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Branching out: Scottish Labour needs to show voters it can chart its own path

Anas Sarwar has found himself at odds with Keir Starmer on key policy issues | Alamy

Branching out: Scottish Labour needs to show voters it can chart its own path

When members of Scottish Labour meet for the party’s annual conference in Glasgow this weekend it will be amid a renewed sense of optimism about the future. The party has spent the past decade in the political doldrums in Scotland, failing to find both a message and a leader that cuts through to the public.

If the situation is different now – and that certainly seems to be the case – it’s less about what Labour has done and more about the unravelling of its opponents. At UK level, nearly a decade and a half of Tory rule is coming to an end, voters desperate for change after being saddled with the legacy of austerity and Brexit. Meanwhile, the Conservative Party is threatening to tear itself apart, with those on the right of the party seemingly intent on undermining Rishi Sunak just months from a general election.

In Scotland, too, the situation is markedly different from the 2019 general election. Not only have we lived through Covid, but the SNP’s star is on the wane. Five years ago, Nicola Sturgeon’s party cruised to a stunning victory, securing 48 out of Scotland’s 59 parliamentary seats. But a good deal of water has passed under the bridge since then, not least Sturgeon’s resignation in the early part of last year. Not only is Humza Yousaf less popular than his predecessor but he’s also been tarnished by the mess she left behind, namely the long-running police investigation into the party’s finances and the controversy over the systematic destruction of messages dating from the pandemic. It’s a legacy that outgoing Paisley MP Mhairi Black, a once staunch supporter of Sturgeon, recently referred to as a “slightly poisoned chalice”.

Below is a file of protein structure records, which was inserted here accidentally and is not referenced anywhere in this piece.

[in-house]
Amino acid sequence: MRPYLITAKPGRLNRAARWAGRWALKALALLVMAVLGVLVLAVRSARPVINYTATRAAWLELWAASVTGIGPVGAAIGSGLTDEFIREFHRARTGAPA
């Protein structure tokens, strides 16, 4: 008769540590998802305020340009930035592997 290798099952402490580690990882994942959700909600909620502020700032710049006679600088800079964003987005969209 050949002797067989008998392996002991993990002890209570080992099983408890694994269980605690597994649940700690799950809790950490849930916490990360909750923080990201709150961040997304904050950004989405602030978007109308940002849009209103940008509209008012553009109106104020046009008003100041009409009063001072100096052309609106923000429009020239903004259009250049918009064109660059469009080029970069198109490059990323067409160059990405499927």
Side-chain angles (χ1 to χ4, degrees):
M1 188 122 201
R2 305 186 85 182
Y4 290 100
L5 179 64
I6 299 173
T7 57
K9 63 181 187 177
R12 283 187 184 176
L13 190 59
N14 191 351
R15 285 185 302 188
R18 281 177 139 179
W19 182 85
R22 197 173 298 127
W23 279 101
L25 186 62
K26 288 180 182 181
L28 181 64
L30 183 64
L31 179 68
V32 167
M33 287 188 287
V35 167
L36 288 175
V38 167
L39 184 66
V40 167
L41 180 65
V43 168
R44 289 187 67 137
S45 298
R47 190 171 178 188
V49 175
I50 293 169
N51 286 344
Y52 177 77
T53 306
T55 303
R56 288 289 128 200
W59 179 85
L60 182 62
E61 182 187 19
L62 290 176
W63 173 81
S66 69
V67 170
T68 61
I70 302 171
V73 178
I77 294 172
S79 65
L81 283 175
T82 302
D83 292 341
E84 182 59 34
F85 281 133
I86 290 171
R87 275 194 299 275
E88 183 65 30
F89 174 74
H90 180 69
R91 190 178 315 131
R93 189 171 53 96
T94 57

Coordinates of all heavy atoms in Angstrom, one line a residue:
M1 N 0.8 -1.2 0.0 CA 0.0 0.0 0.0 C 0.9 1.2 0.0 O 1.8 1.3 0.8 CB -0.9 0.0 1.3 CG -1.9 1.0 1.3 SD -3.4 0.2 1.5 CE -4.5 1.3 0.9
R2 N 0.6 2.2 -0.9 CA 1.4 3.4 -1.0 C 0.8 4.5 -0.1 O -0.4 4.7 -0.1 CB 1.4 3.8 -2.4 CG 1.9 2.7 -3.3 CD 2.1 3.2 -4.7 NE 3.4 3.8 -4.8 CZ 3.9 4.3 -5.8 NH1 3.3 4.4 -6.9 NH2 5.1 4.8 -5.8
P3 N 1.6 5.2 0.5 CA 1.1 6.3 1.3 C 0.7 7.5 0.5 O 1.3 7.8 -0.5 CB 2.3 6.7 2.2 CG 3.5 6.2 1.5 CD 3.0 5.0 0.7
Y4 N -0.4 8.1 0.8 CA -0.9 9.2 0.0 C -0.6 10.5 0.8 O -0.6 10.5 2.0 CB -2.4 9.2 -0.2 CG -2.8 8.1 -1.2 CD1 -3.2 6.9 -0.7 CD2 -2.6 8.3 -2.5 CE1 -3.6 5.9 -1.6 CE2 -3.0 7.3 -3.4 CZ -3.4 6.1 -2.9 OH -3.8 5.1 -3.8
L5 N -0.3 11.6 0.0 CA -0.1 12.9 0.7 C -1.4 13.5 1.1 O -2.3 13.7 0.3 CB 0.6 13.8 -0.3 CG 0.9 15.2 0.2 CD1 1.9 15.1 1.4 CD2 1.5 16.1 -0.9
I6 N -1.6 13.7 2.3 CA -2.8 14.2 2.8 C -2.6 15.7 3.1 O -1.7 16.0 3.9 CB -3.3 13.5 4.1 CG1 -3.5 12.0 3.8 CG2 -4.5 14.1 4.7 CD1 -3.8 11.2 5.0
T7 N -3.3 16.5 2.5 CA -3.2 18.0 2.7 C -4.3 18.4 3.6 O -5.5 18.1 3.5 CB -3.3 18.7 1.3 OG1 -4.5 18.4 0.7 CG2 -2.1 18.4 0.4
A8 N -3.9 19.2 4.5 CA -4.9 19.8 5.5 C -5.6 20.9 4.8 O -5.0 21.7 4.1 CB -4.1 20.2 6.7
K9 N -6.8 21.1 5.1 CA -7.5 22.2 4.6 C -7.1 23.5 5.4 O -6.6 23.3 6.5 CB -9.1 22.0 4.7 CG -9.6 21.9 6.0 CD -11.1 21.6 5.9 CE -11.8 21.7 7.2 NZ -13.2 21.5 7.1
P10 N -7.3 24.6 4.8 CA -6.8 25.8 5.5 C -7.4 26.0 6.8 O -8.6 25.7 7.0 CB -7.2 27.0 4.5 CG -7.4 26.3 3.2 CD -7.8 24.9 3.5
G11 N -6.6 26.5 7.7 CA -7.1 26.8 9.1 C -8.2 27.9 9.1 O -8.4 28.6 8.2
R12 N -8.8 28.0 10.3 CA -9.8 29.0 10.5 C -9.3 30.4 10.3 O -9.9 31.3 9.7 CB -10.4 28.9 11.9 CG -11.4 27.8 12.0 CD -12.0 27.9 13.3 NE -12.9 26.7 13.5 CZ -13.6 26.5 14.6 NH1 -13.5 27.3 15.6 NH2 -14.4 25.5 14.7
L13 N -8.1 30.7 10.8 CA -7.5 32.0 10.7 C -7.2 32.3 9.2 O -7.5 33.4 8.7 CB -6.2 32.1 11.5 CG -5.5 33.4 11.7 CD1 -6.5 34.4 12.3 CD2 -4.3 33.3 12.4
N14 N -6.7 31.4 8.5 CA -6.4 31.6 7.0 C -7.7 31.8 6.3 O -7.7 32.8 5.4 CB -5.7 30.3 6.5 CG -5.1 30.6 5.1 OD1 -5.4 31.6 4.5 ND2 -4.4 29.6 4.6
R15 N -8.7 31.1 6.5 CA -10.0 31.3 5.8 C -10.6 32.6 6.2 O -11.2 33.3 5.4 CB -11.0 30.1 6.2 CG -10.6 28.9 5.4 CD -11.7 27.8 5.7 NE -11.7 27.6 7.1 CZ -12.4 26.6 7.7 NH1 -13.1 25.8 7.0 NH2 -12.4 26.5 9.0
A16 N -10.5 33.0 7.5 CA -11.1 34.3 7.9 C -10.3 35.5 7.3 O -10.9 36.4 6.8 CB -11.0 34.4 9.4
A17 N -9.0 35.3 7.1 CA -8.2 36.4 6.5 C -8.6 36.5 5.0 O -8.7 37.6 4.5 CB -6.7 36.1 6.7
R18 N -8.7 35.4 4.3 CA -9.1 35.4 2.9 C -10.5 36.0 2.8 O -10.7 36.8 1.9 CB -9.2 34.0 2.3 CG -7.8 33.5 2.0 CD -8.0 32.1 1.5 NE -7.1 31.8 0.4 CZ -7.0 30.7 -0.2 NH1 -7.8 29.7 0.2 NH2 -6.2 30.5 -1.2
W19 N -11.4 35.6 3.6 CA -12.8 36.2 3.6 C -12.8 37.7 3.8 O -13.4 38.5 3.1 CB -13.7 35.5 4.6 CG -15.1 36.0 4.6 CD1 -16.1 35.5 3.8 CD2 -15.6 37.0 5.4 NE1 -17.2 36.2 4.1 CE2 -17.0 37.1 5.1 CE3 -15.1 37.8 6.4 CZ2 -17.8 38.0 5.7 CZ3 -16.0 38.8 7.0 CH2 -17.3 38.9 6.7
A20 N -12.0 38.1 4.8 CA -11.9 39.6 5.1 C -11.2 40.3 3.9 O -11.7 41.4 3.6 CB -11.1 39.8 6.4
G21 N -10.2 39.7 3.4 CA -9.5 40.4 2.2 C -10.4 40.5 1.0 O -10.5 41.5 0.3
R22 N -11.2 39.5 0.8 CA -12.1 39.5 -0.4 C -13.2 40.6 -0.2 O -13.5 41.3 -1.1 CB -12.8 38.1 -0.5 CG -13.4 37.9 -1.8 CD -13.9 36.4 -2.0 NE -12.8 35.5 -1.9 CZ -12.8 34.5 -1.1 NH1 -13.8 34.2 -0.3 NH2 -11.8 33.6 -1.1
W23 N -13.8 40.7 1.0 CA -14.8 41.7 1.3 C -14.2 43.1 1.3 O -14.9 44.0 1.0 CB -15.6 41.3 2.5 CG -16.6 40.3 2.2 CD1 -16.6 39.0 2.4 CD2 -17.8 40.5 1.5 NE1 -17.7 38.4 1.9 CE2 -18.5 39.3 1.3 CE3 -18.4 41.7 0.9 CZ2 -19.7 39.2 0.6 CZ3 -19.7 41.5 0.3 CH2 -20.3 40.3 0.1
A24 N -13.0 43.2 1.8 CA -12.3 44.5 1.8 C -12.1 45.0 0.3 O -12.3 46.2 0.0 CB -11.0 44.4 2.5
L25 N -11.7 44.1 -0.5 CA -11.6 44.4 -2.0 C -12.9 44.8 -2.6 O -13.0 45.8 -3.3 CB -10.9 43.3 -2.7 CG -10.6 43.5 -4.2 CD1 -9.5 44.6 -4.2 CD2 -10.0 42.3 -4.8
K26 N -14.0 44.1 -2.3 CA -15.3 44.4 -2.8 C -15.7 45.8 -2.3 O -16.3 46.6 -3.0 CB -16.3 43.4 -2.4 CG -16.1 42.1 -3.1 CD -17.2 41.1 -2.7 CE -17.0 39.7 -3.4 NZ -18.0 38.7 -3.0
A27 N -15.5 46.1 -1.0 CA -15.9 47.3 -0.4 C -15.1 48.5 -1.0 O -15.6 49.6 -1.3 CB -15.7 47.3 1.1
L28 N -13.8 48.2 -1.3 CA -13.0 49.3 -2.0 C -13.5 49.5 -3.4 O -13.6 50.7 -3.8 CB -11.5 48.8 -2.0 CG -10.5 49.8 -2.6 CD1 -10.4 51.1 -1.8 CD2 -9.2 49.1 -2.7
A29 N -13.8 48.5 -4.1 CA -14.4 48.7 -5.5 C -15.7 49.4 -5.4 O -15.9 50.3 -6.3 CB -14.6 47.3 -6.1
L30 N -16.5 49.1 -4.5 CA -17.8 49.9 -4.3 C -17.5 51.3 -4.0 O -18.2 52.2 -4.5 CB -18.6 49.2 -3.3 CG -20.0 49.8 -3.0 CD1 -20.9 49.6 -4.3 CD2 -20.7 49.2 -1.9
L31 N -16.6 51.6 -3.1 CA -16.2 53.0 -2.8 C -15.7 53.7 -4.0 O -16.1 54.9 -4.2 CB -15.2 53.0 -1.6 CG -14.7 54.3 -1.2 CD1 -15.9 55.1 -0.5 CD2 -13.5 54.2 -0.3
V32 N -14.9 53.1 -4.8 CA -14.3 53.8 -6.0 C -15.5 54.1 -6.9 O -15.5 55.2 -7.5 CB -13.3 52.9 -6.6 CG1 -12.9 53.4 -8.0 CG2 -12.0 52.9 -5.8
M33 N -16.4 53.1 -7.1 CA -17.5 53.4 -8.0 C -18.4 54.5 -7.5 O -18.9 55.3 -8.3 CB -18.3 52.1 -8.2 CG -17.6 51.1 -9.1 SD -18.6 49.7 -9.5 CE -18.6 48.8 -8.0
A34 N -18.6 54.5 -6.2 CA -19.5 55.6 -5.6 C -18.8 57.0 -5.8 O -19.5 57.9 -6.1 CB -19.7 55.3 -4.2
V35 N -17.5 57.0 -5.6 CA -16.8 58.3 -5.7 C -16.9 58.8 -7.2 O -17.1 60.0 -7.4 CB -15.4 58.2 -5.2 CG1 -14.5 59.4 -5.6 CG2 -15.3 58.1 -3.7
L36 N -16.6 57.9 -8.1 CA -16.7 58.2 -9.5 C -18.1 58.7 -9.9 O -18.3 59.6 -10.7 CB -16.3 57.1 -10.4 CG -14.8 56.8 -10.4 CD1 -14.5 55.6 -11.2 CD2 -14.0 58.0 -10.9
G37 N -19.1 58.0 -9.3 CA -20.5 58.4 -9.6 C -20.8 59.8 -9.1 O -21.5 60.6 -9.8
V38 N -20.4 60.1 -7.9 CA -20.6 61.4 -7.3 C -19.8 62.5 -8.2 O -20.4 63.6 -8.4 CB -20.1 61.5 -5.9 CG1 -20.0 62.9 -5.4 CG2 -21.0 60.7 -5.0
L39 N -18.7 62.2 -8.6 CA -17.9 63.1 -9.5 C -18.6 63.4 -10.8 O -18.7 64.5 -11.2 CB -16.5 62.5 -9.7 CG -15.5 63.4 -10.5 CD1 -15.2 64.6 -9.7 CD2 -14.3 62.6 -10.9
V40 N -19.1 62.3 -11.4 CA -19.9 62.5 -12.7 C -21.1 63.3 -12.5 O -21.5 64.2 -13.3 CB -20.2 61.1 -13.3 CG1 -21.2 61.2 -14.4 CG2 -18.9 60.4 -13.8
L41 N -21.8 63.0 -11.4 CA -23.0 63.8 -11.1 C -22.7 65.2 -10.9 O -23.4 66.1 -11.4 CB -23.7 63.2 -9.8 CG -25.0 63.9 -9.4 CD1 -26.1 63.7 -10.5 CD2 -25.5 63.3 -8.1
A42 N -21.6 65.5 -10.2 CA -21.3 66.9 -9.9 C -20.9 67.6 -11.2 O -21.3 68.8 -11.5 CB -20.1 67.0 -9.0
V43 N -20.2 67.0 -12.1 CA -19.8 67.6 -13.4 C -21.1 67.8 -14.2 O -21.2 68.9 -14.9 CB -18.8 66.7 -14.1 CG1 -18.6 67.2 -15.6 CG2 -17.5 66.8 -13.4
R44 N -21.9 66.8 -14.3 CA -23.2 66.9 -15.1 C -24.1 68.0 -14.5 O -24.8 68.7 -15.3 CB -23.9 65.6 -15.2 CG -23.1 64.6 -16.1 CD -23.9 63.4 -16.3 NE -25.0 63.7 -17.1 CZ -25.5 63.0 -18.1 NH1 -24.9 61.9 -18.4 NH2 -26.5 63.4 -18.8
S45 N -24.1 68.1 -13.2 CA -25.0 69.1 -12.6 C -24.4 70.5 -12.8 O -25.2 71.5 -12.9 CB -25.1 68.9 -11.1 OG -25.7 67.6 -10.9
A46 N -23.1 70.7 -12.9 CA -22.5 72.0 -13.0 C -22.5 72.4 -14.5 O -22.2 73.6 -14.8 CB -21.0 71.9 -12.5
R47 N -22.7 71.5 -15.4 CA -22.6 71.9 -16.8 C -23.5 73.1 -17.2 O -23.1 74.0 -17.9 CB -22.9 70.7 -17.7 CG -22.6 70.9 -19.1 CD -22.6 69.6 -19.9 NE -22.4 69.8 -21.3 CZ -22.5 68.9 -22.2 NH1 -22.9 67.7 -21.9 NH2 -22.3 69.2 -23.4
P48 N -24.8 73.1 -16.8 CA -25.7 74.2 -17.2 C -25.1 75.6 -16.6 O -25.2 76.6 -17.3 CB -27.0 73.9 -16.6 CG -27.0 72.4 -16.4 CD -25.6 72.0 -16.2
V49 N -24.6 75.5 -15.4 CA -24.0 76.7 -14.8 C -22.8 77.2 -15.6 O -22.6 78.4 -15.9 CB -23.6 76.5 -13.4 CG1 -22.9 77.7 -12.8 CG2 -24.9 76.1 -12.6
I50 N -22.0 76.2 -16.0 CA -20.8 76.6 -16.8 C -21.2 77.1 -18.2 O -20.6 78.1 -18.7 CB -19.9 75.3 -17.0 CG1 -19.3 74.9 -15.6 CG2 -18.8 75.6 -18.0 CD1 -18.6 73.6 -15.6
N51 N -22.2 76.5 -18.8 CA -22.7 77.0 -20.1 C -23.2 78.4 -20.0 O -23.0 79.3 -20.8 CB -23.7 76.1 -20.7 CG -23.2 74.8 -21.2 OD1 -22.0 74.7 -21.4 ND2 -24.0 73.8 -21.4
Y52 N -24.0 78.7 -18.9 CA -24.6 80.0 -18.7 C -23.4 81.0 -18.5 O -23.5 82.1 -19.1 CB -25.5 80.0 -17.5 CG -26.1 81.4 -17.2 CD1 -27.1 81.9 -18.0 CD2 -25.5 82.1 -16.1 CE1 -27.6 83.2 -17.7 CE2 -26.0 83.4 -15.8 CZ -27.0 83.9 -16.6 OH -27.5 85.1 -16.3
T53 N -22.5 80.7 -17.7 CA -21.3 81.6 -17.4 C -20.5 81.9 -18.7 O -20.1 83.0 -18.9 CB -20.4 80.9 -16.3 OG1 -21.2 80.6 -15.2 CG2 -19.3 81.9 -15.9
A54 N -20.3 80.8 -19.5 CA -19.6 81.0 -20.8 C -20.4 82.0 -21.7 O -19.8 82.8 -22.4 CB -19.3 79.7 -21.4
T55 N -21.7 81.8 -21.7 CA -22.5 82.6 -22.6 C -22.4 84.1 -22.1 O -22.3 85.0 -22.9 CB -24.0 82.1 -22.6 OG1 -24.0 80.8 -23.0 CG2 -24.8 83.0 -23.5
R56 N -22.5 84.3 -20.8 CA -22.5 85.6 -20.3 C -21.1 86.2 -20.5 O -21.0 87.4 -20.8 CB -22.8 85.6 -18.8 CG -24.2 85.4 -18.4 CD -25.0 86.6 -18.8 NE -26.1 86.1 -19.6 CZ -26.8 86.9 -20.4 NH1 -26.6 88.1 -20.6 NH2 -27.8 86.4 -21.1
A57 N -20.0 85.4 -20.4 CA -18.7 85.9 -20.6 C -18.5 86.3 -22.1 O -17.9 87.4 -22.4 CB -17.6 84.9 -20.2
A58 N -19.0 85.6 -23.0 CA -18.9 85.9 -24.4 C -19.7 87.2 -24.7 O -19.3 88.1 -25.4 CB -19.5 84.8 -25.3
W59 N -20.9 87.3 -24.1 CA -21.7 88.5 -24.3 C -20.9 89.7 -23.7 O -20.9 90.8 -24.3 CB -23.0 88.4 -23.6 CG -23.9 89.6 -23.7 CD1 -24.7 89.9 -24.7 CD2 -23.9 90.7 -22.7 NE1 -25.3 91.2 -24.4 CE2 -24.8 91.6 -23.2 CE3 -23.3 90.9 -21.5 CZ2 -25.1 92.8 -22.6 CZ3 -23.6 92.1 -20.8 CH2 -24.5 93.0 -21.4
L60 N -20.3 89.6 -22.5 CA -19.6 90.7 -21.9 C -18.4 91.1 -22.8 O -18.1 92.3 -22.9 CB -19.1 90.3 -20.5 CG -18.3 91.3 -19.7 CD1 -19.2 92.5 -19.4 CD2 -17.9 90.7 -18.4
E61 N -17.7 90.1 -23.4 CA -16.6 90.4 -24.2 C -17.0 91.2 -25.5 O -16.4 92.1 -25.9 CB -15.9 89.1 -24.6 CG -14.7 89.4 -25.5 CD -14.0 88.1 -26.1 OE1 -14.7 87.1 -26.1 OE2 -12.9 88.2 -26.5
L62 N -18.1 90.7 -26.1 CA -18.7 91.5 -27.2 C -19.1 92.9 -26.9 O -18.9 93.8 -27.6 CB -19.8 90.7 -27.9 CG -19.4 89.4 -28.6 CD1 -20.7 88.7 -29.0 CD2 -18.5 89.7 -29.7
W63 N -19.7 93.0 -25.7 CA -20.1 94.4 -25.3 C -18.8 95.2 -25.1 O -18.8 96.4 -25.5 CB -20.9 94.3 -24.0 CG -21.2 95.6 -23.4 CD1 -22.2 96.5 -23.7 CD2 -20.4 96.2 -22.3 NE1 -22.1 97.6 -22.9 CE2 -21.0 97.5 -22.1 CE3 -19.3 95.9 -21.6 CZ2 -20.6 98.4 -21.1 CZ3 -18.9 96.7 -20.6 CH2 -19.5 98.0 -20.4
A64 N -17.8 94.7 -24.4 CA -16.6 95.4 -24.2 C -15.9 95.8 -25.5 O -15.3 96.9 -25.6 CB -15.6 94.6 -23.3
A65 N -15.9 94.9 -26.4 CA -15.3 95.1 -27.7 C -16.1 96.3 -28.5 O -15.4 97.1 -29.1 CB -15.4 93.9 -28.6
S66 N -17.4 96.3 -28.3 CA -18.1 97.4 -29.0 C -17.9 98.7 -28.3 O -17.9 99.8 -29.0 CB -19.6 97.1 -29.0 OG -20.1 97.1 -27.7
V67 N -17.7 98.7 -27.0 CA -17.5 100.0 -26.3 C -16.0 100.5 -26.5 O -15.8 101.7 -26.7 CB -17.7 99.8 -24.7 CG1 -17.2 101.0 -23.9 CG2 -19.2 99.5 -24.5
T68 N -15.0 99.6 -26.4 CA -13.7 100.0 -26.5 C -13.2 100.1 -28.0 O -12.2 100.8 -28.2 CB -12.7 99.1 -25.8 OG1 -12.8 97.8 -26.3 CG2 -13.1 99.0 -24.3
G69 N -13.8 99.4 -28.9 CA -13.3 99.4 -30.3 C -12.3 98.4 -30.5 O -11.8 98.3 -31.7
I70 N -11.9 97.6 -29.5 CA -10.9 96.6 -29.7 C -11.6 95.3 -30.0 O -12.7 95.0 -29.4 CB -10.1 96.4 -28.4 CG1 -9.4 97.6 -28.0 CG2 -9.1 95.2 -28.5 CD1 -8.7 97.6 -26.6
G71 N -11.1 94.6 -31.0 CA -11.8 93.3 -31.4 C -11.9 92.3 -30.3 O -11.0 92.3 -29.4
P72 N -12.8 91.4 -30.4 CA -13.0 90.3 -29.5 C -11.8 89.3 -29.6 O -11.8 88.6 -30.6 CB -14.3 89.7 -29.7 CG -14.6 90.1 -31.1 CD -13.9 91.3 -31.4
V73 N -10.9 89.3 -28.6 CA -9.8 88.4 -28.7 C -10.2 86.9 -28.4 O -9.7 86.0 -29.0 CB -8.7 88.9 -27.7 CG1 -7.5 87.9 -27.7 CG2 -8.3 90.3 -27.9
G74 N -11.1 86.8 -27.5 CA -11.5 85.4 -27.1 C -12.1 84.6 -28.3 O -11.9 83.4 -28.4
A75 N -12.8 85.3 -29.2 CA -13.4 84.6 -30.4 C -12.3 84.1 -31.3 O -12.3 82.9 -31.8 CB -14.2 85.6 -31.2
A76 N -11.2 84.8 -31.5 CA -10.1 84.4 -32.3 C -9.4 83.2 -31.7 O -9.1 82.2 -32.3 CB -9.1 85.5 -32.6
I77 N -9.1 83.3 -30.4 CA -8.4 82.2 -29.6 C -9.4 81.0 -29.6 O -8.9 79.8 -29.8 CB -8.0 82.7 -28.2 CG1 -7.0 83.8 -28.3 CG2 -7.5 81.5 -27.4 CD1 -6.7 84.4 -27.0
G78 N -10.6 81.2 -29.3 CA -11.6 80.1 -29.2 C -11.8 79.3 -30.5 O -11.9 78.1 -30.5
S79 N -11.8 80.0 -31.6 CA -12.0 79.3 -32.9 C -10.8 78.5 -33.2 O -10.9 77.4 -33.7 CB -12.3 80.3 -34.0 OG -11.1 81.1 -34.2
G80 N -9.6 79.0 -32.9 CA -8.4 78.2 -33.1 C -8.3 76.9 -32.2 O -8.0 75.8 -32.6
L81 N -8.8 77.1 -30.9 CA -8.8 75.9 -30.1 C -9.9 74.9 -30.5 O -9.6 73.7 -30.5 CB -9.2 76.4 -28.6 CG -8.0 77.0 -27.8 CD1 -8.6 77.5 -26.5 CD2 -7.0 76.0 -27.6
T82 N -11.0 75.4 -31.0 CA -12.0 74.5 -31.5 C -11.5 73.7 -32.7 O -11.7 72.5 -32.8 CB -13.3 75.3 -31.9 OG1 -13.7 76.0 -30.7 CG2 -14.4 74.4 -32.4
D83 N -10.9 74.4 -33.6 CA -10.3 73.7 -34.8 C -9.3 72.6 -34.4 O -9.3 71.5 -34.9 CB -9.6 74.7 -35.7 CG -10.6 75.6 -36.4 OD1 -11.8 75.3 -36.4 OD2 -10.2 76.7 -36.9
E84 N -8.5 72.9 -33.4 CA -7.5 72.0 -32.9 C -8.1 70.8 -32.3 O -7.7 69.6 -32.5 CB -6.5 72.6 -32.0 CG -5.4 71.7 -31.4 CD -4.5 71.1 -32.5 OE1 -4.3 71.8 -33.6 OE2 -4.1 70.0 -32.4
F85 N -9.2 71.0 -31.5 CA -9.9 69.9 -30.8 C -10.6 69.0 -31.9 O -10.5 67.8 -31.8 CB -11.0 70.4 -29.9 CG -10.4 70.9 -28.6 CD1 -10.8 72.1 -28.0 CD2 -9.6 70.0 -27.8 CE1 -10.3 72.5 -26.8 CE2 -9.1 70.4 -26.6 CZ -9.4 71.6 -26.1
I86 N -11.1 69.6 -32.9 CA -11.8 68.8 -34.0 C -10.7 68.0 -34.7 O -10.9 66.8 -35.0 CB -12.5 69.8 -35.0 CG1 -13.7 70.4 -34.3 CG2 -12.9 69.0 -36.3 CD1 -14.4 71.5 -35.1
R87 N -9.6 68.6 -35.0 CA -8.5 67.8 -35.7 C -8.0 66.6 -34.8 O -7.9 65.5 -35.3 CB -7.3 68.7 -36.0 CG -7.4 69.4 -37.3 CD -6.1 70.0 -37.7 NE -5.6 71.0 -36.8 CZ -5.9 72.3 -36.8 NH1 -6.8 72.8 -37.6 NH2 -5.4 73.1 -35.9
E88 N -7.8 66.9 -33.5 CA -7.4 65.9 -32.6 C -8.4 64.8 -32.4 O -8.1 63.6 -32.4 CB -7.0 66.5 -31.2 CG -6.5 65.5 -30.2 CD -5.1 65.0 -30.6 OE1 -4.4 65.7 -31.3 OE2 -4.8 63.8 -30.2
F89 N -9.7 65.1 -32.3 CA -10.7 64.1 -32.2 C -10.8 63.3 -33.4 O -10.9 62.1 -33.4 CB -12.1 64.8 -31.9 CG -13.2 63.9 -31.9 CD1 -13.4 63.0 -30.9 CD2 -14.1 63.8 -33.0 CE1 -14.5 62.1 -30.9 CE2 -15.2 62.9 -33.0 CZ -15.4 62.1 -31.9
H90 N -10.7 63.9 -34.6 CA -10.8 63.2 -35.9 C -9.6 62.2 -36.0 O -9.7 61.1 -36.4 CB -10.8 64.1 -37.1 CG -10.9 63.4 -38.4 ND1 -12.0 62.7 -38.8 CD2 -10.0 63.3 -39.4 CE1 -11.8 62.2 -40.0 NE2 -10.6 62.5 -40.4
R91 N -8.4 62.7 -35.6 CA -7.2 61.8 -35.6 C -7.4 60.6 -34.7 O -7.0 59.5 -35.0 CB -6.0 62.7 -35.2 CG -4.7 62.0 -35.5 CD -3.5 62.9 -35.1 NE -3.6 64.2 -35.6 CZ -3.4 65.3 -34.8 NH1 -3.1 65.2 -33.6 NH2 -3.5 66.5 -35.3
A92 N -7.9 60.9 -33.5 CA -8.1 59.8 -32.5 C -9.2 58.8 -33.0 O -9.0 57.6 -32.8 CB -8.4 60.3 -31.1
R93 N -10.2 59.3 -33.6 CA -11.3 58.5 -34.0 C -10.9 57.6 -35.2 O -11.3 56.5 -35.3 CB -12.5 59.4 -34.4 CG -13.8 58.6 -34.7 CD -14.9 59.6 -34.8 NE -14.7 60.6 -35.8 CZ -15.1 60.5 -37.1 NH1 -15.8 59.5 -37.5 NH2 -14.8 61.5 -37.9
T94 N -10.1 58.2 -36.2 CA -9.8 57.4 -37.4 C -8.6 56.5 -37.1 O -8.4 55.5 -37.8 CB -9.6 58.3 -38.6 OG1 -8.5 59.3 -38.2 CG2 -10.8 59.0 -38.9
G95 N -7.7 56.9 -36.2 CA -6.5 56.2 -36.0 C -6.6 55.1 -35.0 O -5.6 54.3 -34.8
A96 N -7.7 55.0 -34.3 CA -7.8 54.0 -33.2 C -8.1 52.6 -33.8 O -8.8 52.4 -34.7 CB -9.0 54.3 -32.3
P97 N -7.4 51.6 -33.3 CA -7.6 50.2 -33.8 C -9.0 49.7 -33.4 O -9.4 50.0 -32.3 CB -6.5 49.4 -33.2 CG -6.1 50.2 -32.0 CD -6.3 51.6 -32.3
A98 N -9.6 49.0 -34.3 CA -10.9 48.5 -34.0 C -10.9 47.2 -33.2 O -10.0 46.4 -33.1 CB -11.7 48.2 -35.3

That’s not to say Labour should expect things to go all its own way, but the signs are positive for the party. Polling carried out last month by Survation for lobbyists True North found 34 per cent of Scots plan to vote for the party at the general election, compared with 36 per cent for the SNP. According to analysis by Professor John Curtice, that would put the parties neck and neck at Westminster on 23 seats apiece. The SNP has a four-point lead in voting intention for the next Holyrood election, according to the same poll. It’s a sign of how low the party’s expectations currently are that a poll projecting the loss of 20 MPs was seized on as positive news. A separate Ipsos poll found Labour had cut the SNP’s lead to seven points on general election voting intention – down from 10 points in November.

Curtice says it’s currently “nip and tuck” between the two parties in the run-up to the general election. “Pretty much every opinion poll points to Labour having a substantial majority south of the border,” he says. “In Scotland, a couple of dozen seats for Labour looks feasible but you have to remember that so many of the seats will be marginal. If the SNP can just widen that lead a little bit, get it back up closer to 10 per cent, Labour will find themselves without necessarily a great deal [of seats] at all. Conversely, Labour could overtake the SNP and have shown consistent signs of being able to do that. It’s all dependent on quite small movements.”